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Sikh Funeral Traditions, Customs, and Beliefs

Sikhism is a world religion based on the teachings of gurus, and its funeral traditions draw from thousands of years of history. Given this deep history, funeral traditions in the Sikh religion are complex, but there is a general set of customs and beliefs that must be followed for ceremonies to take place. This article will explore what these funeral traditions, customs and beliefs are and how they may differ from those of other religions in the United States.

Sikh funeral traditions and customs

Sikh funeral traditions and customs involve rituals practiced both before and after death. Before a loved one has passed (especially if they are elderly or ill), friends and loved ones will gather to read from selected Sikh writings from one of the Sikh gurus. These writings can typically include the Psalm of the Peace among other Sikh prayers. It's typical for loved ones to gather around the death bed of the person who is passing.

After their loved one passes and before the body is cremated, the family will traditionally wash and dress the body. Once the body has been prepared, the family will take the body to a Sikh Gurdwara, also known as a house of worship. The body is usually taken to the Gurdwara in an open casket on its way to the crematorium to be cremated, which is usually the preferred method of disposition.

At the Gurdwara, family members and other attendees will stand around the body of their loved one to offer prayers and meditations. After this takes place, the body will be taken to the crematorium or burial site. (Traditionally, bodies are cremated instead of buried in Sikh funerals, though this is not always the case.) When the body is about to be cremated, the family will gather around and deliver final thoughts, prayers, and speeches about the deceased. This typically finishes with a Sikh death prayer, in which the family recites "Waheguru Ji Ka Khalsa, Waheguru Ji Ki Fateh" which means "the pure of the Lord are victorious."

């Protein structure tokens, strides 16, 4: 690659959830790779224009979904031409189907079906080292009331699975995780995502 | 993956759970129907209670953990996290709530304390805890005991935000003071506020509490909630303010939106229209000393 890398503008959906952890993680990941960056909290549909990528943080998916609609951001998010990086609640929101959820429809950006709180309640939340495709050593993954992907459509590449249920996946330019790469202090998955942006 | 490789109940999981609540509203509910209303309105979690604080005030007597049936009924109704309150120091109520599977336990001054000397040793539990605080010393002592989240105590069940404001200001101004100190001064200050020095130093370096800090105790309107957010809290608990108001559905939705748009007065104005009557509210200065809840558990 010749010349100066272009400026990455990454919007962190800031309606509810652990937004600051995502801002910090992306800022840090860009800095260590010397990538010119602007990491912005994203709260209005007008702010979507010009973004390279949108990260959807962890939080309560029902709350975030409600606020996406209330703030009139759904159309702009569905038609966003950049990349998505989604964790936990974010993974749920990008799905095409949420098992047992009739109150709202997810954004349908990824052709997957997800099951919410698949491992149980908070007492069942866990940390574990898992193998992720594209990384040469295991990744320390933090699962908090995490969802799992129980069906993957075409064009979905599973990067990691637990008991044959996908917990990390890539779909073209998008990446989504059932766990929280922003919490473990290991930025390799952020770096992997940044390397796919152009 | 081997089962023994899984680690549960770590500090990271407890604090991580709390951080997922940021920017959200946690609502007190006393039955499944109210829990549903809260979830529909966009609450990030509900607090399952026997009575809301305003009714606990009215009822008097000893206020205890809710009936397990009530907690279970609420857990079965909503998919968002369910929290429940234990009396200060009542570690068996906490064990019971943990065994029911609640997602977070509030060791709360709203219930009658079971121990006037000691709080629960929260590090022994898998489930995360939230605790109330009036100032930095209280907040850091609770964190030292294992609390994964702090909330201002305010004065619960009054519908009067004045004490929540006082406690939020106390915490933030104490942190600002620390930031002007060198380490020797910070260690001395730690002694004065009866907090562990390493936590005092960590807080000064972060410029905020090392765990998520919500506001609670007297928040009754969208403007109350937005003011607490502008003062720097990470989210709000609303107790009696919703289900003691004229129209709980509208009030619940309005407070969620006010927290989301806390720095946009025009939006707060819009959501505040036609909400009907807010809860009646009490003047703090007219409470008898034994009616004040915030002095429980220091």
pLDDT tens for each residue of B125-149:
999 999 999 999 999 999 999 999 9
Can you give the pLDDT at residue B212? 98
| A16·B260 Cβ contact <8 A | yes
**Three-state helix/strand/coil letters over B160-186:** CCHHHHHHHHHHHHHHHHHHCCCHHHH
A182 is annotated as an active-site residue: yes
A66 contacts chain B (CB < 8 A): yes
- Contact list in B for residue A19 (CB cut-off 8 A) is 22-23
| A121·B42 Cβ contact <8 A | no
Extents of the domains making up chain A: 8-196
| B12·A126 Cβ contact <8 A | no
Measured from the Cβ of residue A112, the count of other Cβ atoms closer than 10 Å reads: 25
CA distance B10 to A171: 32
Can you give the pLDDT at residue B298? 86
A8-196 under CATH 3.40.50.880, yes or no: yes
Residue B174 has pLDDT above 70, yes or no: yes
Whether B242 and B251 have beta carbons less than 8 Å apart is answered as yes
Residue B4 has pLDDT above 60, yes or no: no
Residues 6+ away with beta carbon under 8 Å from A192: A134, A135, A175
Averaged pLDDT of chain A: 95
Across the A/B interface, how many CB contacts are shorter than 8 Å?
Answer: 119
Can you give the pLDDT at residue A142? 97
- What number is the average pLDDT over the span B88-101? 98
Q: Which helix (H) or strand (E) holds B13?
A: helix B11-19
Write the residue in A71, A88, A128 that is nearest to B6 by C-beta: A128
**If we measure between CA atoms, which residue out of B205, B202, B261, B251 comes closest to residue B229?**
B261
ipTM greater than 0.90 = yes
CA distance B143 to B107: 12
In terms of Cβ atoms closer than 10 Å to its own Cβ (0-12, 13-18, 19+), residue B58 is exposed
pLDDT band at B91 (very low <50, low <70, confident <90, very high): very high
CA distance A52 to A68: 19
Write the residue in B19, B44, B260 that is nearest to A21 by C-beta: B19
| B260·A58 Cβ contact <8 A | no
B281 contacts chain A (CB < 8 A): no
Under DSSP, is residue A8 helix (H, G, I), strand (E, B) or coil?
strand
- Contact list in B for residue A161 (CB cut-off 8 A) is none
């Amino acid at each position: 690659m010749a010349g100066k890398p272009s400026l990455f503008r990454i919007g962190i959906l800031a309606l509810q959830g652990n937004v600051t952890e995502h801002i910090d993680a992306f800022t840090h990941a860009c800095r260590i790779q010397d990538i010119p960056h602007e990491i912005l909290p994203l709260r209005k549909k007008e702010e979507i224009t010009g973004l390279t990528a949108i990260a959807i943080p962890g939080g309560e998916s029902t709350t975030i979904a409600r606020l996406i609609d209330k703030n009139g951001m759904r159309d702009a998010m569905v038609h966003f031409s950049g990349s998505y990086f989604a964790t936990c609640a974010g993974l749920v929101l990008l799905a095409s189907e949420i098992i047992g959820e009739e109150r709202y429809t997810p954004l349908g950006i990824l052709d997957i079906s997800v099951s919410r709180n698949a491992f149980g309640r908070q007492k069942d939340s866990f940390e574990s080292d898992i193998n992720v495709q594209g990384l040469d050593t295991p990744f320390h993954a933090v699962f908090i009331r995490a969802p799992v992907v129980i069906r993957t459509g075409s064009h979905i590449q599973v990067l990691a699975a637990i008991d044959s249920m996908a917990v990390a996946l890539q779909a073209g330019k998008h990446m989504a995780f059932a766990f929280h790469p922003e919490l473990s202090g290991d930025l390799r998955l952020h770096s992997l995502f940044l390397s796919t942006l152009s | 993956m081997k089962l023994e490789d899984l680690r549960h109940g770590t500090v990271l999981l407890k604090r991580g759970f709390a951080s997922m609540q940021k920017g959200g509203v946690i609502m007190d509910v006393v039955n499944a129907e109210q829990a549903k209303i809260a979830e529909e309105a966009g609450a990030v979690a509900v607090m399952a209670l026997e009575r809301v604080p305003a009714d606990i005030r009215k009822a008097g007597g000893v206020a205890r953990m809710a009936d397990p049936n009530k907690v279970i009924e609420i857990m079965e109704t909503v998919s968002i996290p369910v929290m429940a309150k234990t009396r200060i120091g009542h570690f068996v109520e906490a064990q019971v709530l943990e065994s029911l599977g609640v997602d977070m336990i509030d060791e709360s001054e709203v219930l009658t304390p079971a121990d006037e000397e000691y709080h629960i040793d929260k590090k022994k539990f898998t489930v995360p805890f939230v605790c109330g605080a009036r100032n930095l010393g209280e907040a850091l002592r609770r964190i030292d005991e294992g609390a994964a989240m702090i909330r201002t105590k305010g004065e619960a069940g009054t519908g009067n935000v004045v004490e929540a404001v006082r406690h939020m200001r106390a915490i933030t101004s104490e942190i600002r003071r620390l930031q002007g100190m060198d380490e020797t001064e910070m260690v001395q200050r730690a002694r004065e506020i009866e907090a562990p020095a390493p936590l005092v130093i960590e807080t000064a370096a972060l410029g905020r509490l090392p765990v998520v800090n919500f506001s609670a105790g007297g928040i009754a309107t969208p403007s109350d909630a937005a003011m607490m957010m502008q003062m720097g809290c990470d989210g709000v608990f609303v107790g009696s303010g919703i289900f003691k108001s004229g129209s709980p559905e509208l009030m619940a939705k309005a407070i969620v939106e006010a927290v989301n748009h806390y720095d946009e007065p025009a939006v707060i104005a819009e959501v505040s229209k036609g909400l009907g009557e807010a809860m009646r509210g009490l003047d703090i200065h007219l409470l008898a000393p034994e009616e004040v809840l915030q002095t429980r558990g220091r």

After the ceremony is finished and the body has been cremated, the ashes of the deceased are typically scattered in a river or other body of water.

Sikh rituals after the funeral

After the funeral, there are usually a few days of mourning which may involve prayer and meditation. It's common for family members to visit the Gurdwara during this time to pay their respects and offer prayers to the deceased. It's during this time that the family will typically read from the Sri Guru Granth Sahib for several days.

Attending a Sikh funeral: what to expect

A Sikh funeral can be very unlike other traditional funerals one might attend, so it's important to understand the expectations of attendees before causing undue grief or confusion.

Sikh funeral attire

Guests to a Sikh funeral should generally dress in white or light-colored clothing as it is seen as more respectful. It's also important that attendees take off their shoes before entering the Gurdwara, and they should also cover their head with a scarf or hat.

Sending Sikh funeral flowers or gifts

It is not customary to bring flowers or other gifts to the Gurdwara -- if you're determined to bring a gift of some kind, it's best to ask the family directly. While flowers are not typically sent to a Sikh funeral, bringing food to the home is a great way to express your condolences and sympathy.

Getting emotional

It's important to remember that Sikh funeral traditions are different from other traditional funerals in the United States. As such, it is not generally appropriate to show emotional outbursts during the ceremony as this can be seen as disrespectful. It's best to remain composed and respectful during the service and to try and contain your emotions until you've left the ceremony.

Sikh funerals are both deeply spiritual and profoundly meaningful events that take place after a loved one has passed. Understanding the traditions and customs of a Sikh funeral can help ensure that those who attend do so with the utmost respect for their beliefs and traditions. Wearing appropriate attire, refraining from bringing gifts, and keeping emotions in check are all important steps to take to show proper respect at a Sikh funeral ceremony.

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Last updated February 1, 2023
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